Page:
Allan Berube, a great historian of gay working class life died December 11, 2007 at the age of 61. Allan presented his amazing research on queer labor history in a slide show about the Marine Cooks and Stewards Union, CIO (1930s and 1940s) at PAW’s convention in Oakland CA in 1996. He co-led a workshop with Miriam Frank on recording union history at that same meeting and the next day he marched and danced in the streets with our contingent in the 1996 San Francisco June Pride parade. We will miss him deeply and we will honor his contributions as we mourn AND organize.
Below is the obituary from The Windy City Times, by Wayne Hoffman. It can be read online by visiting here:

From the Times:
Berube was, for decades, an independent historian and community activist. He first came to progressive political activism in opposition to the Vietnam war, working with the American Friends Service Committee in Boston in the late 1960s, after dropping out of the University of Chicago. After coming out in 1969, he joined a “gay liberation collective household,” and later moved to San Francisco to join a gay commune for craftspeople. He remained in San Francisco for many years, and was one of the founders of the San Francisco Lesbian and Gay History Project in 1978. His slide shows about women who dressed and passed as men — and married other women — were welcomed by enthusiastic audiences around the country.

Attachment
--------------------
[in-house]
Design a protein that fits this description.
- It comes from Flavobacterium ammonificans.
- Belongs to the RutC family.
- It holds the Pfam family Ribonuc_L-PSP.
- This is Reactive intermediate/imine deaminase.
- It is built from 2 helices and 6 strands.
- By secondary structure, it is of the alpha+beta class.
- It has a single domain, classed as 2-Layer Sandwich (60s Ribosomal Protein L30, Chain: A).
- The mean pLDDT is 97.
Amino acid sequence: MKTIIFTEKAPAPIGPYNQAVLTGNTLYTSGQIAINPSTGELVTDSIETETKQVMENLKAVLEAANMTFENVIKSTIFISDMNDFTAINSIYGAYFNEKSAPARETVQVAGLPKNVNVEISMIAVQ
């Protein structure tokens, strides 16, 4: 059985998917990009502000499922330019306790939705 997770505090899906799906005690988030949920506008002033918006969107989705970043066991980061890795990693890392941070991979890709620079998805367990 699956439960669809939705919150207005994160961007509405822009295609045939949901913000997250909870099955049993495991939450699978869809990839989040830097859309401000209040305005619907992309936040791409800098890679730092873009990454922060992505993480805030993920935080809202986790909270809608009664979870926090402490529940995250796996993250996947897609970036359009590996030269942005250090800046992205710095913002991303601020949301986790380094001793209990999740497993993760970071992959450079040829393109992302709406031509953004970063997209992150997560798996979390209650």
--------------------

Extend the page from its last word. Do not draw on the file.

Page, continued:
Berube is best remembered for his groundbreaking work of gay history, published in 1990: Coming Out Under Fire: The History of Gay Men and Women in World War II. The Lambda Literary Award-winning book, which was later adapted by Arthur Dong into a Peabody Award-winning documentary, was often cited in Senate hearings on the military’s anti-gay policies in 1993.
Martin Duberman, distinguished professor of history emeritus at the City University of New York, called Berube’s book “superb … not only in terms of his prose style, which was absolutely lucid and even elegant, but also in terms of the very fine-spun analysis. Allan was not one to create shallow generalizations about either a given individual or a series of events. He was utterly meticulous and utterly careful. No one will ever, I think, have to redo the book on World War II, and you can almost never say that about a historian or a given piece of historical research.”
In 1996, Berube received a “genius grant” from the John D. and Catherine T. MacArthur Foundation for his work.
For the past several years, Berube lived in Liberty, N.Y., in the Catskills. There, he owned a bed & breakfast, and operated Intelligent Design, a store selling mid-century modern collectibles. Berube’s partner, John Nelson, said, “Allan just loved it when people walked into the Liberty store, looked around, and were happy.”
In addition to Nelson, Berube is also survived by his mother and three sisters.
The National Executive Board and staff of Pride At Work send our sincerest condolences to the family and friends of Allan. Because of the vision, tenacity, strength, and courage of people like Allan, people who broke down walls of homophobia, racism, and sexism, in their unions and their world, Pride At Work is able to exist today.

Thank you Allan, you will be sorely missed.